Preaching

Preaching is the central part of most Protestant church services. As part of the service the Bible will be read and then the minster or pastor will explain the passage and help the congregation to think about how to apply it to their lives.

The importance of preaching can be seen in the length of time given to the sermon – around 30 minutes in many Protestant churches.

In the Bible preaching is seen to be important. Paul tells Timothy in 2 Timothy 4:2, “Preach the word”.

Writing to the Church in Corinth Paul says:

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For since in the wisdom of God the world through its wisdom did not know Him, God was pleased through the foolishness of what was preached to save those who believe.1 Corinthians 1:21

Paul means that God reveals Himself through the preaching of the Bible.

In the New Testament, Paul writes:

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All Scripture is God-breathed and is useful for teaching, rebuking, correcting and training in righteousness, so that the servant of God may be thoroughly equipped for every good work.2 Timothy 3:16-17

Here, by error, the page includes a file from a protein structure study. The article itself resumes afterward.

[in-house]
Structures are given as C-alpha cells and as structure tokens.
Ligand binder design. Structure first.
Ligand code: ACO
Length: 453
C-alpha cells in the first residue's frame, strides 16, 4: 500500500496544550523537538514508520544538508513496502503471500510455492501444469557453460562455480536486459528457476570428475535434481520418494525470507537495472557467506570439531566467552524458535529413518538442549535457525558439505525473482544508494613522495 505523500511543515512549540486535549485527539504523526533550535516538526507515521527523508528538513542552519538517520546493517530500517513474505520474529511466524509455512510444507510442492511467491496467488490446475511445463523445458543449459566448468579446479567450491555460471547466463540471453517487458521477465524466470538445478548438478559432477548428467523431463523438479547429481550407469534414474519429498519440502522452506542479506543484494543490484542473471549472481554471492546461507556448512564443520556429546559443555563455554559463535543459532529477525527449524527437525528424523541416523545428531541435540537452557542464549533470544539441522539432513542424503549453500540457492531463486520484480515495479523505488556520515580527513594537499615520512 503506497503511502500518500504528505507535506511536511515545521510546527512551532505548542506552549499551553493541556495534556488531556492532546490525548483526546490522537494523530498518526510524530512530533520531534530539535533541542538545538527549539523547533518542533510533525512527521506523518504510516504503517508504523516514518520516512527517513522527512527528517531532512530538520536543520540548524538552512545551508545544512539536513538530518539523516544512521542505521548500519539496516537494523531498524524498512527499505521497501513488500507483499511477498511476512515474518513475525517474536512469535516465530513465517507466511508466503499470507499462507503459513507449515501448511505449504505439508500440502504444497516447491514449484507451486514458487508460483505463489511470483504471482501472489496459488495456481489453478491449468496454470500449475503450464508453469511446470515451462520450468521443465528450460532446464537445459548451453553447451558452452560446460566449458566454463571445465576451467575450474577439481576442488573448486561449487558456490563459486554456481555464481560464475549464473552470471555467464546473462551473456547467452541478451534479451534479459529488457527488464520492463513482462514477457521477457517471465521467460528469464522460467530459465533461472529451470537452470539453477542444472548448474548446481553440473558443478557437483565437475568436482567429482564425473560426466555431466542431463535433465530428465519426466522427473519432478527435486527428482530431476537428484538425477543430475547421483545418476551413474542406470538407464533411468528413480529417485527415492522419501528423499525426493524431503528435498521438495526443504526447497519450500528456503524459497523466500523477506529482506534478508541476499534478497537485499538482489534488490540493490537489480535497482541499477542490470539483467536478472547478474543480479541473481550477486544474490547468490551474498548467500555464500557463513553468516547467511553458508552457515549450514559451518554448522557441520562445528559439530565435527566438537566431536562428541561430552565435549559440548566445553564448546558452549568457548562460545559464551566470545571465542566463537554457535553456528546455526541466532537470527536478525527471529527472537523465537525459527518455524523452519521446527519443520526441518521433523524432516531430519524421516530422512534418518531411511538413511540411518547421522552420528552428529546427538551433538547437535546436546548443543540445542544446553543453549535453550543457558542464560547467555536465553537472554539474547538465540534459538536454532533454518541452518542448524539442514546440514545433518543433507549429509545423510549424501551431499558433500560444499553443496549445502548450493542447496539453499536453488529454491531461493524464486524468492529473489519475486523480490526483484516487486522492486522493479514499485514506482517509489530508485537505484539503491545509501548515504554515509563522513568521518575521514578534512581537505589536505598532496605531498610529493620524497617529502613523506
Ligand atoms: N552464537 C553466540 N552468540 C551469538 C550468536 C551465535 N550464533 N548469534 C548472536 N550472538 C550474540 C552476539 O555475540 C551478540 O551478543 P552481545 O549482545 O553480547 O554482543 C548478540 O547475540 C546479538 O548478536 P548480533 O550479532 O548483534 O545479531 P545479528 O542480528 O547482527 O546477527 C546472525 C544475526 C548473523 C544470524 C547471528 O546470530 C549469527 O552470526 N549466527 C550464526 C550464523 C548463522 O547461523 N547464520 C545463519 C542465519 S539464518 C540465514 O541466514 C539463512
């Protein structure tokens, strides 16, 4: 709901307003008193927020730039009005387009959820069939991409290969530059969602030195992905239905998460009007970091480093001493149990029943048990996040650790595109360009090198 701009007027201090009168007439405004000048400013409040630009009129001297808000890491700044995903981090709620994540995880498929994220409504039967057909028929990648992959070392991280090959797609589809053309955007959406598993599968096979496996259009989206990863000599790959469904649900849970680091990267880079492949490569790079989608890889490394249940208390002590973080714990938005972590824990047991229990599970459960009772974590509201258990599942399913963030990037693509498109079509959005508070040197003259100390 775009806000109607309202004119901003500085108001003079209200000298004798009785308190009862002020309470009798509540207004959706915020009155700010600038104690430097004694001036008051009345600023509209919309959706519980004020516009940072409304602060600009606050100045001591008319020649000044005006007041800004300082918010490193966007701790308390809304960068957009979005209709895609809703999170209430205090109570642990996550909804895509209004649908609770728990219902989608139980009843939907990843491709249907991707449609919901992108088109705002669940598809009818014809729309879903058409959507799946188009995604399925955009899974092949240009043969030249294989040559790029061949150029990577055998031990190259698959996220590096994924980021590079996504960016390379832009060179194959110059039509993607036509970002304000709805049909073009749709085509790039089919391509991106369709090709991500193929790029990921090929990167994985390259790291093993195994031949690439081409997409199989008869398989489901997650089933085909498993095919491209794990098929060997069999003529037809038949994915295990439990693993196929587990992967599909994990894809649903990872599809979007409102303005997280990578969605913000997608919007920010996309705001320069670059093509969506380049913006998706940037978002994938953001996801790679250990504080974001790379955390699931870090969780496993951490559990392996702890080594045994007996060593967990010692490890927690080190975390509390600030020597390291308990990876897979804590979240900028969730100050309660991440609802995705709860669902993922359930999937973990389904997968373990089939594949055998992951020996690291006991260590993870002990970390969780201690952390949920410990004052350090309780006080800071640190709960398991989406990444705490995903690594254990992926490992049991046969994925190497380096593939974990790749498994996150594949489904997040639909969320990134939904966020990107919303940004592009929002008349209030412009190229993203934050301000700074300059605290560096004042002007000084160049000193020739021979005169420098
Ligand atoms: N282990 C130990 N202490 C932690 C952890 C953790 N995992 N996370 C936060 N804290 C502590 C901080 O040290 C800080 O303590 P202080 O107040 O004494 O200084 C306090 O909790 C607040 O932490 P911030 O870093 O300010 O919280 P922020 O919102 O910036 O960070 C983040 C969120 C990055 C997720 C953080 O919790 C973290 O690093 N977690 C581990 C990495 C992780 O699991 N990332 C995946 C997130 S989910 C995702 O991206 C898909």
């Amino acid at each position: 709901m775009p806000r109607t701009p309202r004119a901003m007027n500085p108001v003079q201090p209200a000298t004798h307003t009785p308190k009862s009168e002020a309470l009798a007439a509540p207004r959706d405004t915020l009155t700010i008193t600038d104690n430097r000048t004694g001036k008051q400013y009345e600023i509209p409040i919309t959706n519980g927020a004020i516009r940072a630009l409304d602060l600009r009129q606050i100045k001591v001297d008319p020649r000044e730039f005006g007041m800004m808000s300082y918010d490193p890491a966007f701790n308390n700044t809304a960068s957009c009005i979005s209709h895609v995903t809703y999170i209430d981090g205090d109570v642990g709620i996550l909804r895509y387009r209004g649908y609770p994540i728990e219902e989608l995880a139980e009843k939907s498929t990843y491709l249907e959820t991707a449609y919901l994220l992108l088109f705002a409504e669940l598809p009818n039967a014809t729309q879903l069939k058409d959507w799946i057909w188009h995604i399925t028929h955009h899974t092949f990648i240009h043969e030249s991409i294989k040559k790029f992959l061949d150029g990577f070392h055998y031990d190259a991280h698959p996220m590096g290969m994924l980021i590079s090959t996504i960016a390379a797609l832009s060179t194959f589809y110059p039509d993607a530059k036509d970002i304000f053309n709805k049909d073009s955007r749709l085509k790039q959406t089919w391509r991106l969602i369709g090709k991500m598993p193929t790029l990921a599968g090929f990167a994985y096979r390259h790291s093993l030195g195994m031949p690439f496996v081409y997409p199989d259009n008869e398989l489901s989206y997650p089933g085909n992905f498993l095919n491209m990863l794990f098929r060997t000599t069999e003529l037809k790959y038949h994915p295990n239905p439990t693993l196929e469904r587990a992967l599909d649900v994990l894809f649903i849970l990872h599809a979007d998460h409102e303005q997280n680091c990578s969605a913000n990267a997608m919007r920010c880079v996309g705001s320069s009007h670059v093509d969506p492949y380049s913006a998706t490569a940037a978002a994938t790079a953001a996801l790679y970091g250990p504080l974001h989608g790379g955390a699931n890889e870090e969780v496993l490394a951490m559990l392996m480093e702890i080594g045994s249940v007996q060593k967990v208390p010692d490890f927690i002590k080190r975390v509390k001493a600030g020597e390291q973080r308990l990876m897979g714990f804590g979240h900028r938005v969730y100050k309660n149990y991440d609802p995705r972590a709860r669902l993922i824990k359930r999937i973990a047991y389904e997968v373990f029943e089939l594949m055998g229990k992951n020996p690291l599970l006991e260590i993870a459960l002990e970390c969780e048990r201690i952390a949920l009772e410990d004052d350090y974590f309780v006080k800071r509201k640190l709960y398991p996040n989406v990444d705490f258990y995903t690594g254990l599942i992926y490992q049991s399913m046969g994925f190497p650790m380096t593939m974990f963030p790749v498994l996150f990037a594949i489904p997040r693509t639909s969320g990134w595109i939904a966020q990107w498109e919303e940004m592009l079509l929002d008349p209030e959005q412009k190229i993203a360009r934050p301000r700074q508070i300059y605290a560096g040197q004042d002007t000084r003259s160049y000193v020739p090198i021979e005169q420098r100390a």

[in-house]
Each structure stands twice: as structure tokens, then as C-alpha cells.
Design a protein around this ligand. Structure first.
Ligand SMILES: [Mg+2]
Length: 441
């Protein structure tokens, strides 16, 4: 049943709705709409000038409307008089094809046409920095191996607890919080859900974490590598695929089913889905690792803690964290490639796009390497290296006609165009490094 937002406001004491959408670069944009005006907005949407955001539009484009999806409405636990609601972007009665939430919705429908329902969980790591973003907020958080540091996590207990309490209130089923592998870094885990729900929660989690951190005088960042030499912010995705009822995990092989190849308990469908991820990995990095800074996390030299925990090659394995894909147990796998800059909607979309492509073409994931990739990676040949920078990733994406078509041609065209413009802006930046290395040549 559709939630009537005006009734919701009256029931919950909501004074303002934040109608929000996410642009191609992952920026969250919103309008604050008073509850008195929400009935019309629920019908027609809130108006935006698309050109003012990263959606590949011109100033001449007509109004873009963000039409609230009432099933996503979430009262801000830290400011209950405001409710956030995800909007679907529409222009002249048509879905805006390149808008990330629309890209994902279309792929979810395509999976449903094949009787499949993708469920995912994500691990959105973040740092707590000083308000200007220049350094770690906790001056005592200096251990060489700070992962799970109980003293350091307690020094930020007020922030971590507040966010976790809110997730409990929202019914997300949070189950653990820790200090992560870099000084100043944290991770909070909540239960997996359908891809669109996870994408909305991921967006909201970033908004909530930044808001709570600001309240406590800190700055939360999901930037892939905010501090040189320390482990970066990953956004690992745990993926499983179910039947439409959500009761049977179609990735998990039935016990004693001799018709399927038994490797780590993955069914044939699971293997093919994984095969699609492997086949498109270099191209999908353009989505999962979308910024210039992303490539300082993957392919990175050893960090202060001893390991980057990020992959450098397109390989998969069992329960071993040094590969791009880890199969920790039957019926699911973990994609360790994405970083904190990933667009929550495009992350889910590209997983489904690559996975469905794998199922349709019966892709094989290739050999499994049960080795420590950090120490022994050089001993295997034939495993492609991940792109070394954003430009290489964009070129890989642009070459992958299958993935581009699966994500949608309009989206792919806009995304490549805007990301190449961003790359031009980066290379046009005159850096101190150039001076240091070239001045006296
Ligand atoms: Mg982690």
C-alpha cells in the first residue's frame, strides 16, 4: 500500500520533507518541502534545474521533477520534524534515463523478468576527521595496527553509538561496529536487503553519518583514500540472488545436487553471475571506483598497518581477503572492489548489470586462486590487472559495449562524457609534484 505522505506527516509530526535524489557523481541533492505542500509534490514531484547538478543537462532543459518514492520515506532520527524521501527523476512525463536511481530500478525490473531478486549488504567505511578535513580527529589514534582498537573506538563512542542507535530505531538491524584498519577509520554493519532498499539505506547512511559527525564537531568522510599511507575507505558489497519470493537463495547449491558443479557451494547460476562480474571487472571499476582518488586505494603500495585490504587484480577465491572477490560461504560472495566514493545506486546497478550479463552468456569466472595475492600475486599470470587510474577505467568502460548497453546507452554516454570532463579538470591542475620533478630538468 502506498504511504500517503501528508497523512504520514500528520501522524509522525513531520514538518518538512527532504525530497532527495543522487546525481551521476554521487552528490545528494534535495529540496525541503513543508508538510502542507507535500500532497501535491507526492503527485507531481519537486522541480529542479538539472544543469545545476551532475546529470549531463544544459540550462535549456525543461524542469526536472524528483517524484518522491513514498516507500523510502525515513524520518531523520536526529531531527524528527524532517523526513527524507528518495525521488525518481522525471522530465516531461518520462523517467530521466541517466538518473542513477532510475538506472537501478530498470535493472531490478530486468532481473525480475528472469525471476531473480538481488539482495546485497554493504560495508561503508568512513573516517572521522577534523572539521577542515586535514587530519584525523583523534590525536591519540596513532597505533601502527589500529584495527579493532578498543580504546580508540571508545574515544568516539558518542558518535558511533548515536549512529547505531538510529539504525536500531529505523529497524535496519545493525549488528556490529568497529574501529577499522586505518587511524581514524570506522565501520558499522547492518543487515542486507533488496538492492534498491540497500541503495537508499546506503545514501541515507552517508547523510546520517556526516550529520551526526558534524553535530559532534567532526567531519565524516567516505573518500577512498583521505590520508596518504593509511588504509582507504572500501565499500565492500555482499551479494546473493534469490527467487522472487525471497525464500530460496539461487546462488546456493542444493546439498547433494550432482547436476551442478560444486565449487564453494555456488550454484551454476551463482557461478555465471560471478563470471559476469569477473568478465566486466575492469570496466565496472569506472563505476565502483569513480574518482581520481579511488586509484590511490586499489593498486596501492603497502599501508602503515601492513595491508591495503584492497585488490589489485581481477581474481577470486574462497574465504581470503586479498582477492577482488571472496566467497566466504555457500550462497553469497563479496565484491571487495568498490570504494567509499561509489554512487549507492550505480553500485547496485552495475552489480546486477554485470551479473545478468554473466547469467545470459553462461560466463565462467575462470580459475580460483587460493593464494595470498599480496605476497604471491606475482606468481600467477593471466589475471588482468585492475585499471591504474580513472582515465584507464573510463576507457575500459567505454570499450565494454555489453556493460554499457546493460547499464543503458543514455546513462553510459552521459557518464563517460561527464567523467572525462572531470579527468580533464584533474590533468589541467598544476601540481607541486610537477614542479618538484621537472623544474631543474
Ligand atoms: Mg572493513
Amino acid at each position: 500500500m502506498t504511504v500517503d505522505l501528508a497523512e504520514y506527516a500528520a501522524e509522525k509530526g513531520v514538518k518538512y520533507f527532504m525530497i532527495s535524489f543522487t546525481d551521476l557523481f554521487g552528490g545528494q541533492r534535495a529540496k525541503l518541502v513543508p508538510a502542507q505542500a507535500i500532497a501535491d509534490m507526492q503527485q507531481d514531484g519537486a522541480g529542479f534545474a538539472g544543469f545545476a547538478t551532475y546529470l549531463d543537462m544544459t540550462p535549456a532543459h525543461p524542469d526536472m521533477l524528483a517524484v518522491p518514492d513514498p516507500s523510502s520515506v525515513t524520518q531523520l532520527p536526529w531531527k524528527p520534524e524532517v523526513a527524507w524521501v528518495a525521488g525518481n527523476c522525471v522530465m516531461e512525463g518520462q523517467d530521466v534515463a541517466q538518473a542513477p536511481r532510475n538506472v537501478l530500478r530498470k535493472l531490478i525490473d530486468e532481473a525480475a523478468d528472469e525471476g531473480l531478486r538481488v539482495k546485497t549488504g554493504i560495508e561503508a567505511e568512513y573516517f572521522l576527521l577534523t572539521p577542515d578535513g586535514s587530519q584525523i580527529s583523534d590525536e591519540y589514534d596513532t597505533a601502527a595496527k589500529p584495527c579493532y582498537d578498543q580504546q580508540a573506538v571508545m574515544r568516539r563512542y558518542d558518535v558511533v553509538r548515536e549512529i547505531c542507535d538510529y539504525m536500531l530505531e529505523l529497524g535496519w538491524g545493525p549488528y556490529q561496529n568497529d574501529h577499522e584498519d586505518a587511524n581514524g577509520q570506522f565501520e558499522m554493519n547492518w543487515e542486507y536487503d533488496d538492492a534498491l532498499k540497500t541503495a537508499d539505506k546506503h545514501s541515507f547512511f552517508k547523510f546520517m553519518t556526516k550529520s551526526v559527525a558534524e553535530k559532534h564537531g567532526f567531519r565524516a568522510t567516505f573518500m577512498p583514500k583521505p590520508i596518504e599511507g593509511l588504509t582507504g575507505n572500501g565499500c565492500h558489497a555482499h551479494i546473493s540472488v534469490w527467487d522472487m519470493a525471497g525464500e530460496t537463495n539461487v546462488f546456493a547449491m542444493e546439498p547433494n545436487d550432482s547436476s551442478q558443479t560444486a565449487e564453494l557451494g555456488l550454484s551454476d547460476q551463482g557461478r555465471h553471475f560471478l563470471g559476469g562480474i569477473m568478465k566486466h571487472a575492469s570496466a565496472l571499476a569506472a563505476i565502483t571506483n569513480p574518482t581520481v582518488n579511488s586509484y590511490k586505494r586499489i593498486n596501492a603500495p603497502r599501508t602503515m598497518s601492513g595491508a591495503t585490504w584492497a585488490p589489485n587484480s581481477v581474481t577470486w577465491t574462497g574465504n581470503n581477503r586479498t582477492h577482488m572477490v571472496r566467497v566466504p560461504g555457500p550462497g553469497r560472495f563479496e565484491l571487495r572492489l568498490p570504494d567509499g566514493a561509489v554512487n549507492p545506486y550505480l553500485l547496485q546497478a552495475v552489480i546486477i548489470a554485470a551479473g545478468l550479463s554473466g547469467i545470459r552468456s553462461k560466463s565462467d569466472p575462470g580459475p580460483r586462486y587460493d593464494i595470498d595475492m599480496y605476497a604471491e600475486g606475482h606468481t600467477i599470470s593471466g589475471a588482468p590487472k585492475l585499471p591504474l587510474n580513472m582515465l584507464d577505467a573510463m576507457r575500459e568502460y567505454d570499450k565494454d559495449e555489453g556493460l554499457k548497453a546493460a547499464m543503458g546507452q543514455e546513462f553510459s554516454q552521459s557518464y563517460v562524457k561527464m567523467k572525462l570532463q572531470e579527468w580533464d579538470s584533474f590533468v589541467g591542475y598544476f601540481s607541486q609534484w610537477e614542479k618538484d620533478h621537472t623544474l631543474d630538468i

This passage points to four main ways the Bible is particularly useful and how preaching is designed to make these possible:

  • teaching – through preaching the minister/pastor seeks to teach about God and what He wants for, and expects from, His people
  • rebuking – the minster/pastor aims to challenge people about what is wrong in their lives
  • correcting – the minster/pastor seeks to put people on the right track in life
  • training – the minster/pastor aims to help people to be the best they can

The sermon also:

  • explains the Bible reading from earlier in the service
  • relates the Bible to everyday life
  • gives a Christian perspective on issues/events of the present day
  • gives guidance on how to live the Christian life
  • challenges people to become Christians